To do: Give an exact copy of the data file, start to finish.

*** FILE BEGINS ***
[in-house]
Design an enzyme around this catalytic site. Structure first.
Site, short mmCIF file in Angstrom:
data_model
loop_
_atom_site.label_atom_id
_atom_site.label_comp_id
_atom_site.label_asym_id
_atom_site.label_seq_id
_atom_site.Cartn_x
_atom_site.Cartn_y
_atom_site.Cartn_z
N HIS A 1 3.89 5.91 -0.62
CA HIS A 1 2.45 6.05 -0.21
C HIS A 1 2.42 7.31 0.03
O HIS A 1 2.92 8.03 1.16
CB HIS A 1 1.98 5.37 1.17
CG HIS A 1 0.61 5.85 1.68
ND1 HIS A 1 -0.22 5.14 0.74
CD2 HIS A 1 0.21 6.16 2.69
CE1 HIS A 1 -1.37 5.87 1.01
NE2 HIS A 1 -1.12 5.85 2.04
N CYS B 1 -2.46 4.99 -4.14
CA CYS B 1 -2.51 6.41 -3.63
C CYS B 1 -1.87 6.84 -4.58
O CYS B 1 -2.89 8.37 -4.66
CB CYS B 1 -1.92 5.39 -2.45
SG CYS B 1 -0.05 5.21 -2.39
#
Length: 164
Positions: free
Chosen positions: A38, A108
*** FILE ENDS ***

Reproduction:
[in-house]
Design an enzyme around this catalytic site. Structure first.
Site, short mmCIF file in Angstrom:
data_model
loop_
_atom_site.label_atom_id
_atom_site.label_comp_id
_atom_site.label_asym_id
_atom_site.label_seq_id
_atom_site.Cartn_x
_atom_site.Cartn_y
_atom_site.Cartn_z
N HIS A 1 3.89 5.91 -0.62
CA HIS A 1 2.45 6.05 -0.21
C HIS A 1 2.42 7.31 0.03
O HIS A 1 2.92 8.03 1.16
CB HIS A 1 1.98 5.37 1.17
CG HIS A 1 0.61 5.85 1.68
ND1 HIS A 1 -0.22 5.14 0.74
CD2 HIS A 1 0.21 6.16 2.69
CE1 HIS A 1 -1.37 5.87 1.01
NE2 HIS A 1 -1.12 5.85 2.04
N CYS B 1 -2.46 4.99 -4.14
CA CYS B 1 -2.51 6.41 -3.63
C CYS B 1 -1.87 6.84 -4.58
O CYS B 1 -2.89 8.37 -4.66
CB CYS B 1 -1.92 5.39 -2.45
SG CYS B 1 -0.05 5.21 -2.39
#
Length: 164
Positions: free
Chosen positions: A38, A108